This October I was privileged to attend the Token Taikai 2014 in the beautiful Chiddingstone Castle, a hidden gem in Kent, UK, thanks to an introduction by Stanislav Nazarenko, founder and developer of the highly detailed resource, the Nihonto Club (http://nihontoclub.com).
The To-ken Society of Great Britain (http://to-ken.uk/), founded in 1964, is a group dedicated to the study and preservation of Nihonto (Japanese Swords), koshirae (fittings) and armour. A vital benefit offered by the To-ken Society are group meetings to examine various blades and fittings, and discuss the finer points of their history, development and key distinguishing features.
This year, Ian Chapman (nihonto.co.uk) organised the Token Taikai and arranged for it to take place in Chiddingstone Castle, a charming location, on beautiful grounds with the added benefit of having an incredible Japanese antique collection, including excellent examples of Japanese metal work, pottery, porcelain and lacquer work....but above all swords, fittings and armours!
Additional to the castle's private collection, to which we received un-precedent access, a number of private collectors, such as Clive Sinclaire, Paul Bowman, Ian Chapman, Mike Hickman-Smith provided several of their spectacular blades for inspection. Among these were a complete set of Yamato style blades, and a selection of Hizen-to, which were of particular interest to me (I'll explain why next!) . Being able to view and hold these items is nothing short of electrifying privilege. These pieces are often of high standard than those of world's finest museums and you get to hold and inspect them thanks to the remarkable generosity of these men and other To-ken members. There is nothing else quite like it.
Beyond the spine tingling joy of getting to see these items first hand, to see the contours of the metal work, how the light catches the grain pattern of the blade and make the hamon come alive or the texture of a shakudo tsuba...you get a great education.
During this Taikai, 3 excellent lectures had been arranged. A fantastic and light hearted examination of the development and practicality of Yari (spear) and Naginata (halbred) was given by noted expert and author Mr. Roald Knutsen (whose book on the subject is among the autographed editions in my library) .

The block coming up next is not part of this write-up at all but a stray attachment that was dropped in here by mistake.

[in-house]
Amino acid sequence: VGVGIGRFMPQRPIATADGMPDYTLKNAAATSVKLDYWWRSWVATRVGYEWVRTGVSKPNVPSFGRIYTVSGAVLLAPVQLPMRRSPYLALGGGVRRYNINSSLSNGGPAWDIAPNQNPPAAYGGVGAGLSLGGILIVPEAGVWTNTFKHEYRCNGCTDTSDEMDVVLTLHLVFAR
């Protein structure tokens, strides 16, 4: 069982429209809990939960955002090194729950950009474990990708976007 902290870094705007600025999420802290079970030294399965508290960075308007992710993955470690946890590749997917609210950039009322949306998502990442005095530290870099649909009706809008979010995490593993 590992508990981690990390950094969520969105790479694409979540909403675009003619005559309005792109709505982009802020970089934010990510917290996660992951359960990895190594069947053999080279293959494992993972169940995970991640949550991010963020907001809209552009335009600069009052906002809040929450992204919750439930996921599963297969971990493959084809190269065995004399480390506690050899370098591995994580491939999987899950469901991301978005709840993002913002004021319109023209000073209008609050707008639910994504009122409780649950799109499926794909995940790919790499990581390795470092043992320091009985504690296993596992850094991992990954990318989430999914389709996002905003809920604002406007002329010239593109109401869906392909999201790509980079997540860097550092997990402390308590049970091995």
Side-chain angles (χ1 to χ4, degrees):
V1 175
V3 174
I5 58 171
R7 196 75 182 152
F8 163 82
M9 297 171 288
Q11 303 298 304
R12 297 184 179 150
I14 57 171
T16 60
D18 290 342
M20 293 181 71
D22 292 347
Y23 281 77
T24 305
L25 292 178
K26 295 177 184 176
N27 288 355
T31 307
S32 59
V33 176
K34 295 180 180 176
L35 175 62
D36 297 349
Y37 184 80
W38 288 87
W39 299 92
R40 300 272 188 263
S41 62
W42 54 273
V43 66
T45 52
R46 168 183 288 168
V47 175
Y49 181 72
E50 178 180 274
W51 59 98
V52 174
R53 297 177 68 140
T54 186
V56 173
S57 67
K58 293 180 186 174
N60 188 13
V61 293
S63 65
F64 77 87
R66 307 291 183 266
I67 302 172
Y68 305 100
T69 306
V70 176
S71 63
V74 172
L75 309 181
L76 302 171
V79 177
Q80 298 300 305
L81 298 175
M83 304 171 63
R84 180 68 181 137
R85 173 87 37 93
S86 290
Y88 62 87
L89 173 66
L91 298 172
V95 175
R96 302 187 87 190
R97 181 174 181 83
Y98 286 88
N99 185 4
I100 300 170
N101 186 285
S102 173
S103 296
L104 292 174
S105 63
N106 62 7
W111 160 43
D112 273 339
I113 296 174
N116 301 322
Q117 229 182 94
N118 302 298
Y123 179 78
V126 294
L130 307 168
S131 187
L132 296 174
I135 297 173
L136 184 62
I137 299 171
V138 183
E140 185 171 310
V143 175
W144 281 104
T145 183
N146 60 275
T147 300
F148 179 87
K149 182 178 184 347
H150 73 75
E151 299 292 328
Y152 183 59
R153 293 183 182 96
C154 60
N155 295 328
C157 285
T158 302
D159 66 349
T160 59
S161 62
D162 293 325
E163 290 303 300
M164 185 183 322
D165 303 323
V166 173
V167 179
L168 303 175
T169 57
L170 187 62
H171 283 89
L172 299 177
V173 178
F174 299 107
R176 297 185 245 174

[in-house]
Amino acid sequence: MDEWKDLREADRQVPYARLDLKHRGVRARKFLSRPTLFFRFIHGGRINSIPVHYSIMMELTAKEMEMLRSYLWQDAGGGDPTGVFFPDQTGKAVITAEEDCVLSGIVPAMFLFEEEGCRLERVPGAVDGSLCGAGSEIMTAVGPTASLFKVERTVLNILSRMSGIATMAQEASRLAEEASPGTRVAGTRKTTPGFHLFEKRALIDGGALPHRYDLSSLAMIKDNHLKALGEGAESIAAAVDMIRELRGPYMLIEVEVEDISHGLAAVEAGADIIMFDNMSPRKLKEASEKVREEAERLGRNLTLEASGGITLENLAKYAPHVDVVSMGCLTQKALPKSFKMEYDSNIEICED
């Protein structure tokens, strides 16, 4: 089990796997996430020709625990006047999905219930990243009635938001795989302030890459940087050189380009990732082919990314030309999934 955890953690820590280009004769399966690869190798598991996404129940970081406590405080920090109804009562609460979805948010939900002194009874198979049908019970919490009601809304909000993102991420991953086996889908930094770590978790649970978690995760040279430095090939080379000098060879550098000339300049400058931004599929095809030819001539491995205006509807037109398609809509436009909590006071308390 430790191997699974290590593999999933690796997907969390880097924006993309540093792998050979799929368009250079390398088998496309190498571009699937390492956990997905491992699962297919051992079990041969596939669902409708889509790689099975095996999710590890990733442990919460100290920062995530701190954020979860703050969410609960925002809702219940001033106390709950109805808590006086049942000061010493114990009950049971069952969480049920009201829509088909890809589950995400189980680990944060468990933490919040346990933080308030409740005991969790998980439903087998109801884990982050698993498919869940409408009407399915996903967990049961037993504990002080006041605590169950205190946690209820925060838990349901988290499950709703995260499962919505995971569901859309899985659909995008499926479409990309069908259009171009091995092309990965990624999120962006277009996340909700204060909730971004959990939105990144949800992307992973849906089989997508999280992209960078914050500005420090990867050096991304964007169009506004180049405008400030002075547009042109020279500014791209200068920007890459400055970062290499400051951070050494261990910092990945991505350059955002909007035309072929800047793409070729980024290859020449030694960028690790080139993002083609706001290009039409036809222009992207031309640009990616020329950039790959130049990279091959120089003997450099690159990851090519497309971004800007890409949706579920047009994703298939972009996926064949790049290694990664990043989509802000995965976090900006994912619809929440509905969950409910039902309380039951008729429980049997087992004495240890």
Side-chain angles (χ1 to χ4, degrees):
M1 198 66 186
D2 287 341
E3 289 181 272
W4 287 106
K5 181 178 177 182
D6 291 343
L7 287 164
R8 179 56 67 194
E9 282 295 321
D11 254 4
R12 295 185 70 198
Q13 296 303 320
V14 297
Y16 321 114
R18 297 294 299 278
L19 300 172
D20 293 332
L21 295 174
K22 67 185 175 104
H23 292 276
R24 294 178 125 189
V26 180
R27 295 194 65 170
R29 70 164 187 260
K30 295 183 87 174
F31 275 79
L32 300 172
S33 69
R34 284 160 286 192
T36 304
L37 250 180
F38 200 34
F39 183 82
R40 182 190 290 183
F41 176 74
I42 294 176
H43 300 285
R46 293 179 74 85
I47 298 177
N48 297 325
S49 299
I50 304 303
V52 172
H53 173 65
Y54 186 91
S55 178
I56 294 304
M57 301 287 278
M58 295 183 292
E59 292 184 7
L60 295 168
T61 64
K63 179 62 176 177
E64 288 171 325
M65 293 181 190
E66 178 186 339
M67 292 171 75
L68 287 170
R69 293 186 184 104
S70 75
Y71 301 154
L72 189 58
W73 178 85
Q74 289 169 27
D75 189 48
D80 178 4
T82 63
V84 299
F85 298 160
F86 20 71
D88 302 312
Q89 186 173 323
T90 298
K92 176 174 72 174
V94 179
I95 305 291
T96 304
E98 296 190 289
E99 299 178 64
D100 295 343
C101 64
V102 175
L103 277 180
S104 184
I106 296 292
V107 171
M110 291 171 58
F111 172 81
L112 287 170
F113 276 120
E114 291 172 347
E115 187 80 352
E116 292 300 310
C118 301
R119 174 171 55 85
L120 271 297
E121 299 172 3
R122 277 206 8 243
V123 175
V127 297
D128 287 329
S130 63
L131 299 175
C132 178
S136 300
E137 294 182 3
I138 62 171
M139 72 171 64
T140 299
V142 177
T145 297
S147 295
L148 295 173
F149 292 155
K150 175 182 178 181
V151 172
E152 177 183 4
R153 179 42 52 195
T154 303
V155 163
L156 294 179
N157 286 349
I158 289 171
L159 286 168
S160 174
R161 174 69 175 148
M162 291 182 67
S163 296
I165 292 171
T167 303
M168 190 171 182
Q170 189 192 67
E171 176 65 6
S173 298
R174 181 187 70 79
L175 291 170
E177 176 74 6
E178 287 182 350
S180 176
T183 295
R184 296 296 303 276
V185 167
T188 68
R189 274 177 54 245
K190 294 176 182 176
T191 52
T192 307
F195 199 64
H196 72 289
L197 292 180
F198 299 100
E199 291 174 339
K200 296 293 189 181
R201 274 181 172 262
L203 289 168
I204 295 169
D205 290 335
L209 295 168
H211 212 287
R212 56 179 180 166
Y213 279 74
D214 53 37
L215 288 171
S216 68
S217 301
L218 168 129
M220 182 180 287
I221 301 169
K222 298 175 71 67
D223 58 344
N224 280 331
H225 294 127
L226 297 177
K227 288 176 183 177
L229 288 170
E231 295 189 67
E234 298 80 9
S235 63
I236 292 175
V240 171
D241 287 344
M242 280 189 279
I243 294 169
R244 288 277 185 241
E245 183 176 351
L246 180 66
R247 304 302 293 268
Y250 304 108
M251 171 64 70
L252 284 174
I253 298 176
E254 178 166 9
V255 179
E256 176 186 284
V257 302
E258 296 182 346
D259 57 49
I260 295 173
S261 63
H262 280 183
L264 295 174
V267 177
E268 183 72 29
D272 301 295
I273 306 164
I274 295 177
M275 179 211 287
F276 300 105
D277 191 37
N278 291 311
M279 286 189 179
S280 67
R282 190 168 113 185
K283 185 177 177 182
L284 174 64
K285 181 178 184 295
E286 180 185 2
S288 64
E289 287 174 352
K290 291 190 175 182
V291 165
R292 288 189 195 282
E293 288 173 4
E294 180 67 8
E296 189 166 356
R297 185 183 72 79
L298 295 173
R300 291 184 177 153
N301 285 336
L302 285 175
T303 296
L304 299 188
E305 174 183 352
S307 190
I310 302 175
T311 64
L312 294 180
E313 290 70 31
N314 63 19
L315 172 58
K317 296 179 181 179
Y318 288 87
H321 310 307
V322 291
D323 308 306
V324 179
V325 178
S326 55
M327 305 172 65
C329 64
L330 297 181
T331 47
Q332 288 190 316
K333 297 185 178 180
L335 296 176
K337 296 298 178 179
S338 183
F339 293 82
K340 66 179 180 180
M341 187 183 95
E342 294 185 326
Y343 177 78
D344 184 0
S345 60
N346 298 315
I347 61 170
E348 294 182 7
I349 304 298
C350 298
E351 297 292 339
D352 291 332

Mr. Mike Hickman-Smith and Mr. Paul Bowman provided a deeply thought provoking assessment of Yamato blades and left the rapt audience questioning the established understanding of how these blades are classified and perhaps as importantly eagerly excited at the prospect of discovering more of these very rare blades. Mr. Bowman and Mr. Hickman-Smith also kindly let us assess and handle a unique collection containing examples of every major school of Yamato blade. Beautiful and practical the Yamato blade is a remarkable sword....and yet as we learnt notoriously hard to make unique remarks upon!
The highlight for me however was the lecture given by Clive Sinclaire...on Hizen-to. An excellent presentation as always from Mr. Sinclaire, this was of deep personal significance to me. Mr. Sinclaire remarkable collection primarily focuses on those blades made by smiths in the Saga province of Japan under the patronage of the Nabeshima clan. Those of you who have read my articles on Muso Jikiden Eishin Ryu Iai, (go here if you haven't) know that I am a proud member of the Kenseikai dojo, founded in the UK and Ireland by Okimitsu Fujii Sensei. Fujji Sensei hails from Saga, and trained in the original Kenseikai Dojo and received permission from the head of the Nabeshima clan to wear the Nabeshima mon (heraldic family crest) as the symbol of the Kenseikai (lit. Sword Saint Society) Dojo.
Mr. Sinclaire is also a student of Fujii Sensei and as such ha dedicated the focus of his collection to the acquisition of those blades historically used by the Kenseikai dojo and the Nabeshima clan, those of the Hizen smiths, those of the lineage of Hashimoto Shizeomon, who took the smith name Taeyoshi and founded the school.
Learning about the history, genealogy of the smiths, the construction of these blades and their unique characteristics was fascinating, deeply enriched by the fact that Mr. Sinclair had brought several examples from the various generations of Hizen smiths and allowed us to hold and examine them in detail.
Still more throughout the day and in-between the lectures were excellent demonstrations of traditional crafts such as armour lacing, sword polishing and handle wrapping. These were excellent close up demo's and informal Q and A's with men who had studied these rare arts in Japan at the feat of the masters. It is a remarkable and educational privilege to be allowed to watch them work.
Finally, and perhaps one of the most pleasing aspects of the Token Taikai 2014 was how friendly everyone was. From the formal castle dinner on the night before the event, Stanislav went out of his way to introduce me to many of the senior and established members of the To-ken Society all of whom were open and enthusiastic to share their knowledge insights and love of Japanese swords, fittings and armours.
I'd like to take the opportunity to thank Ian Chapman, and the other contributors and organisers of the Token Taikai 2014 for their generosity and openness and willingness to share their knowledge and collections. It was an incredible experience and I greatly look forward to the next one! :-D